These teachings create a sense of superiority in members. Someone who wants to feel superior to others, or who lacks self-esteem in general and needs something to make them feel better about themselves, may find this type of teaching very appealing, despite the fact that it’s not necessarily grounded in reality!

does the group offer a quick fix to problems? is what they offer realistic?

Some groups might say that their courses or teachings help you heal emotionally from past abuses, or that they can help with alcoholism, marriage problems, depression, and so on. However, if the group is not run by trained and licensed counselors, these claims are dubious at best!

Doomsday cults that promise god or their prophet will soon fix everything can even make a person’s situation worse. For example, if you join a church believing that god will soon whisk its members away to a nirvana or paradise, or that you only need to take their courses and spend time in their ministry to solve your problems, you might put off finding a real solution to various mental and emotional distresses or relationship issues.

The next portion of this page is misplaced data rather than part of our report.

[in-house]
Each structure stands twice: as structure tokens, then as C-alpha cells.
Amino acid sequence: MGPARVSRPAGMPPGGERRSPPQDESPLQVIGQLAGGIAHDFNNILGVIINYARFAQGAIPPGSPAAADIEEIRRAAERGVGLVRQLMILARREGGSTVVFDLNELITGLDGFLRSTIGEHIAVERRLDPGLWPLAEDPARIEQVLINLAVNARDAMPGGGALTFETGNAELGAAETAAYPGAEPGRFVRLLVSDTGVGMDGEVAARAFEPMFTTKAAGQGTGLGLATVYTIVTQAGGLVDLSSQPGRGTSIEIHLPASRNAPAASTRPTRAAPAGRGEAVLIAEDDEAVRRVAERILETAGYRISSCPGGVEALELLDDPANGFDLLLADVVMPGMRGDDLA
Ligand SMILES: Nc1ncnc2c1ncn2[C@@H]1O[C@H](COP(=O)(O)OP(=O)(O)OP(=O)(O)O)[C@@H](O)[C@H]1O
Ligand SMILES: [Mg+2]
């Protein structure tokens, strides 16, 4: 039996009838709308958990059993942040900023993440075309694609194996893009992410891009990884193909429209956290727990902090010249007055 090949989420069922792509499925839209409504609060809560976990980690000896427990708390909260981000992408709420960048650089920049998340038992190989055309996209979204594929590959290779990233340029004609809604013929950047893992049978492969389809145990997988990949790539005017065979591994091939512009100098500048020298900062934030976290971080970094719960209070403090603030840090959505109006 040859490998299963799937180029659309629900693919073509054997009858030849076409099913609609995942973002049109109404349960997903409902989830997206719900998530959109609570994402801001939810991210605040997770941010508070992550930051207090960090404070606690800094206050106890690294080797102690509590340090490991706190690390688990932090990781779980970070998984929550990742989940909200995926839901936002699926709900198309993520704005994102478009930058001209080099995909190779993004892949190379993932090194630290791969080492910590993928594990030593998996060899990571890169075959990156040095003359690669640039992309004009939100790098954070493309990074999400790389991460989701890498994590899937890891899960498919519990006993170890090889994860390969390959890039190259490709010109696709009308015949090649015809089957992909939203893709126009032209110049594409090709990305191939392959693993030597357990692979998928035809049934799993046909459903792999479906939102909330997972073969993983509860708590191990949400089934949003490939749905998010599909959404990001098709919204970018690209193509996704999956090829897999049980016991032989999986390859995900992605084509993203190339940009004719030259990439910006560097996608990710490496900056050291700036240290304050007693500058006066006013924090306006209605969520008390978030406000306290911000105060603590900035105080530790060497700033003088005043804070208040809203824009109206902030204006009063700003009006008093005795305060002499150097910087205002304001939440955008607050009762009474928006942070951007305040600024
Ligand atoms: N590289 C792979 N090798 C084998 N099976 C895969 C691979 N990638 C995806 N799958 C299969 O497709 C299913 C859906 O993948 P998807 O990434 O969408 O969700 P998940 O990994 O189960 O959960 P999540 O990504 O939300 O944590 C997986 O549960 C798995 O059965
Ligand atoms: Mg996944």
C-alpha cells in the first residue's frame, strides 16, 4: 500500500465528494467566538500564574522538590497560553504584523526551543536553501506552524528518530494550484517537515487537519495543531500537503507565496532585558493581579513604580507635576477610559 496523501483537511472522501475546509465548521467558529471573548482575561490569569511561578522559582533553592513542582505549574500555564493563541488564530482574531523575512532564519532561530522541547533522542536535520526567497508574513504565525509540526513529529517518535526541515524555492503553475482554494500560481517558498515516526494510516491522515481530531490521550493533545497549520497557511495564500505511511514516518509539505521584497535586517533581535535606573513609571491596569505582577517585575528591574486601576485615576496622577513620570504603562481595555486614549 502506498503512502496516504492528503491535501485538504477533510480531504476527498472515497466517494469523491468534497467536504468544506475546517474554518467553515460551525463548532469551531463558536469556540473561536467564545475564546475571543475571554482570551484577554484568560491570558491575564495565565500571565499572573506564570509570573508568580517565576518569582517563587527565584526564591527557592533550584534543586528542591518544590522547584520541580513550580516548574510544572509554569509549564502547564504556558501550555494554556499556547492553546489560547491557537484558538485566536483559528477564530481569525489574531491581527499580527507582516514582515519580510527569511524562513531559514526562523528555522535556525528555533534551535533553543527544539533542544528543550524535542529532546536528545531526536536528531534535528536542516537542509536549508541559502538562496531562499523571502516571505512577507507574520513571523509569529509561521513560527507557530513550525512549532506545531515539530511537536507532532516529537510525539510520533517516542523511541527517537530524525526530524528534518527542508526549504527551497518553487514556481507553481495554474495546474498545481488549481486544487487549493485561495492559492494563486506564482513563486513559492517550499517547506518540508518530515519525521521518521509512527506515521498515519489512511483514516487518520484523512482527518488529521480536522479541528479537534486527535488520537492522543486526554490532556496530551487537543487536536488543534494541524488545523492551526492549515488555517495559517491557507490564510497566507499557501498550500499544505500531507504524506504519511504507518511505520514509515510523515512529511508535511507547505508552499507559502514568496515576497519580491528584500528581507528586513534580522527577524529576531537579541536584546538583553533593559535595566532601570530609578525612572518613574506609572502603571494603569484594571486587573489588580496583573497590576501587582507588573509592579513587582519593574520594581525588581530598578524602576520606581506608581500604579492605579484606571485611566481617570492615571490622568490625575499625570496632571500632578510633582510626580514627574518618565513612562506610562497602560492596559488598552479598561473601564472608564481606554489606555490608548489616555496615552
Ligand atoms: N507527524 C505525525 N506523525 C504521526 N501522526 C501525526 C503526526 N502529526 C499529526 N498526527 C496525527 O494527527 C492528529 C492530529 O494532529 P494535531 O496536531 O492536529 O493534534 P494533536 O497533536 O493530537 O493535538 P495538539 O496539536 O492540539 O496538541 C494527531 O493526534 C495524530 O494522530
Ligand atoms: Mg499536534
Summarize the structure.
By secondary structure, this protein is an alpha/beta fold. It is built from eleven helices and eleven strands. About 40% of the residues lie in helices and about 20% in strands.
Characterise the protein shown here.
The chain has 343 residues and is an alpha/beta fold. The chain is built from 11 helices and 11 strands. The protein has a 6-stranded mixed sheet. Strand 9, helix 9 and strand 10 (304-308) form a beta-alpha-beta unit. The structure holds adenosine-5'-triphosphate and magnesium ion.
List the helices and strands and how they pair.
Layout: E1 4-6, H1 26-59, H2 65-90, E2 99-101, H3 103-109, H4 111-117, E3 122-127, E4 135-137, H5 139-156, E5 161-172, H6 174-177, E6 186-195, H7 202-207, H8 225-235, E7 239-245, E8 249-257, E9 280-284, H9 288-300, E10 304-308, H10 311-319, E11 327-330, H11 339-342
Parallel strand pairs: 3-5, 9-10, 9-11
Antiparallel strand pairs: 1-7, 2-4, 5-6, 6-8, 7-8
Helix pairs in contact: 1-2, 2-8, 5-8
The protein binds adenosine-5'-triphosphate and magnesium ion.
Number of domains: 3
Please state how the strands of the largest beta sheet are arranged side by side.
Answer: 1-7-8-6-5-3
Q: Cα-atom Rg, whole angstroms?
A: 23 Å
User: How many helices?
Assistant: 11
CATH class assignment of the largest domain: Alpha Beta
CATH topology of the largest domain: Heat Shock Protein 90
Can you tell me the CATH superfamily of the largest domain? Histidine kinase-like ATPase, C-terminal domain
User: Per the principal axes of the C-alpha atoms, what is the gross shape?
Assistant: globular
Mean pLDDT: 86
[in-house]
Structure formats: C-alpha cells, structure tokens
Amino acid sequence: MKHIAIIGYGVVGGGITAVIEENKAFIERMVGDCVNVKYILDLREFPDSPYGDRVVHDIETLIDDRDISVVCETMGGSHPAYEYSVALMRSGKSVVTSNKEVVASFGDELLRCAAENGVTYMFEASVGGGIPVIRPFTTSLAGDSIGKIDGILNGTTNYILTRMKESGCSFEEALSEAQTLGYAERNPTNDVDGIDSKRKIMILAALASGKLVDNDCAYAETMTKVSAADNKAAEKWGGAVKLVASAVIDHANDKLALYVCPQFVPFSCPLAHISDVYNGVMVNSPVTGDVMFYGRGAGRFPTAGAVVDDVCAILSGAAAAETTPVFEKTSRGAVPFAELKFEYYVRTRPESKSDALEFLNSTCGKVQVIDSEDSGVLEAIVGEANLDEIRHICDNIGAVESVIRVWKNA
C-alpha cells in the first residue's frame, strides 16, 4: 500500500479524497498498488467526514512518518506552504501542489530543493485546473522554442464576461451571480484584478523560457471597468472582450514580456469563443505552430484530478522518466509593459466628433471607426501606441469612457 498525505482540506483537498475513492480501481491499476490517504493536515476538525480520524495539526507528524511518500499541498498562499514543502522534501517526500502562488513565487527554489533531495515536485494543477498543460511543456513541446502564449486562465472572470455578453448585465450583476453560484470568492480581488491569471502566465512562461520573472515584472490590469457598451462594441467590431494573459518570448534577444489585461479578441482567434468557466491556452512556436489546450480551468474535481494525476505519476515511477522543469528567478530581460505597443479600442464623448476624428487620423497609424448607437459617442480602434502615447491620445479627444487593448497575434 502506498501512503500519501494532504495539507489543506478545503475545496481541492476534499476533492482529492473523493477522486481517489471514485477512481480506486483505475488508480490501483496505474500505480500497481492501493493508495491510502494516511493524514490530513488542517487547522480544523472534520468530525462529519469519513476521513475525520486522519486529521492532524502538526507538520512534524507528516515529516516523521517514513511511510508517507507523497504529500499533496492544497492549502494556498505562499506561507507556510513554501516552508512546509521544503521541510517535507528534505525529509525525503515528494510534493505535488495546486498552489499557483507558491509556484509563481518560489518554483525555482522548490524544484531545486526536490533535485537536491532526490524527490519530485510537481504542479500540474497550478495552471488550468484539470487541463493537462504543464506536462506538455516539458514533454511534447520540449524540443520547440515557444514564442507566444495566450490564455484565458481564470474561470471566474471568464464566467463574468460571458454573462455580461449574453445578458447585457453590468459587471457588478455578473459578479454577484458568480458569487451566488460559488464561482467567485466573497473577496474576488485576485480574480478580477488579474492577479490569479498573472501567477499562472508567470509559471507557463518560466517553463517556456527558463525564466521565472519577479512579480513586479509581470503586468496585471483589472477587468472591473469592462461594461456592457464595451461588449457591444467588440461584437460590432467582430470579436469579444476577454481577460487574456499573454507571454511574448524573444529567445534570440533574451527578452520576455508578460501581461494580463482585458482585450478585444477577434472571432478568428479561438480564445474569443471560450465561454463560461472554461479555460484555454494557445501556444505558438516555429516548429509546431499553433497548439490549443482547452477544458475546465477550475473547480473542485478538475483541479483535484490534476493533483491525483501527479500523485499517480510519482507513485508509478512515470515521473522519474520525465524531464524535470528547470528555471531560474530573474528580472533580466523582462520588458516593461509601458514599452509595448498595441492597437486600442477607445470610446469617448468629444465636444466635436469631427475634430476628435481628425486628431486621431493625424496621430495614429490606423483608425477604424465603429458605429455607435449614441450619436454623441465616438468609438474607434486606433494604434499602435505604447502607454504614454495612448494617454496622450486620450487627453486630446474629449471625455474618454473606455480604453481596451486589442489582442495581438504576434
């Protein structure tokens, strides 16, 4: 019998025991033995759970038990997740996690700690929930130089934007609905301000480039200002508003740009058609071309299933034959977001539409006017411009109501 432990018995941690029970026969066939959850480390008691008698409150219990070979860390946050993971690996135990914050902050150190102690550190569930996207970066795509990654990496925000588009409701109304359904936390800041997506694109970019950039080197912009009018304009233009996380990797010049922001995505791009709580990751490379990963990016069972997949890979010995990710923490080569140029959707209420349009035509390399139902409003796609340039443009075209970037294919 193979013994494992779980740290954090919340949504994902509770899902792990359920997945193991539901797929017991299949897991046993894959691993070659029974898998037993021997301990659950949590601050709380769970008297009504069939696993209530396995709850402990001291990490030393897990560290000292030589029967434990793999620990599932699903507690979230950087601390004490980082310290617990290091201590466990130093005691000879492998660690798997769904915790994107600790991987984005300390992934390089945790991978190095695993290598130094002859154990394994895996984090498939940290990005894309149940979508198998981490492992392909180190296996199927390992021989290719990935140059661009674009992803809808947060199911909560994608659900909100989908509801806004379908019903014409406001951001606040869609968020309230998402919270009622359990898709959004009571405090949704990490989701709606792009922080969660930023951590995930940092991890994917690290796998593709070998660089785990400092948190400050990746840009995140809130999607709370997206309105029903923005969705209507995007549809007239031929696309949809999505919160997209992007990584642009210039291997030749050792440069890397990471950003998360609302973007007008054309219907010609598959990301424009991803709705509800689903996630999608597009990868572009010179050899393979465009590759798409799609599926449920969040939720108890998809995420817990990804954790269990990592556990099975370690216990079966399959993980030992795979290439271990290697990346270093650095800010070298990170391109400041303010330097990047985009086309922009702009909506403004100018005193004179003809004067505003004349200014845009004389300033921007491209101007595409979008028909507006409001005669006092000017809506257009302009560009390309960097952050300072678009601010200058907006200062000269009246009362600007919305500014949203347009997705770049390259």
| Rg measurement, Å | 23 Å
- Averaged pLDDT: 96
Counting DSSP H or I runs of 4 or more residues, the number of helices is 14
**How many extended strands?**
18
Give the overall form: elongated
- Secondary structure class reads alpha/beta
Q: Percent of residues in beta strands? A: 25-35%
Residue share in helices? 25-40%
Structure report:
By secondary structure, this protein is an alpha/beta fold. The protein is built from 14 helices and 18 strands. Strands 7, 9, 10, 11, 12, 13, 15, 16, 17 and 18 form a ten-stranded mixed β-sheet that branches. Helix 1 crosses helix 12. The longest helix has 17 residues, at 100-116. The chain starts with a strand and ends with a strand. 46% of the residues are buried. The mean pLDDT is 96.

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Congregants might even stay in abusive marriages or struggle with addictions for years because they believe the empty promises of the cult. Rather than getting real help for these issues, they put their faith in the group, looking for that “quick fix.”

Be wary of such religions or self-help based groups; note if they’re run by licensed and trained counselors and if they allow and even encourage members to seek outside counseling for mental and emotional issues. Think seriously about the offer of a quick solution to problems, and if the solutions offered are practical and realistic when held up to the cold light of day.

Remember, too, that these supposed solutions usually come with a very heavy price; this could be a literal financial price or the cost of your mental and emotional health. Believing the promises of the cult also comes at the cost of time and energy devoted to them rather than seeking out qualified, legitimate help.

are they asking too much, too soon?

Cult members are often under a great deal of pressure to recruit new members, and they might want you to sign an agreement or start attending their church before you’re ready simply due to that pressure.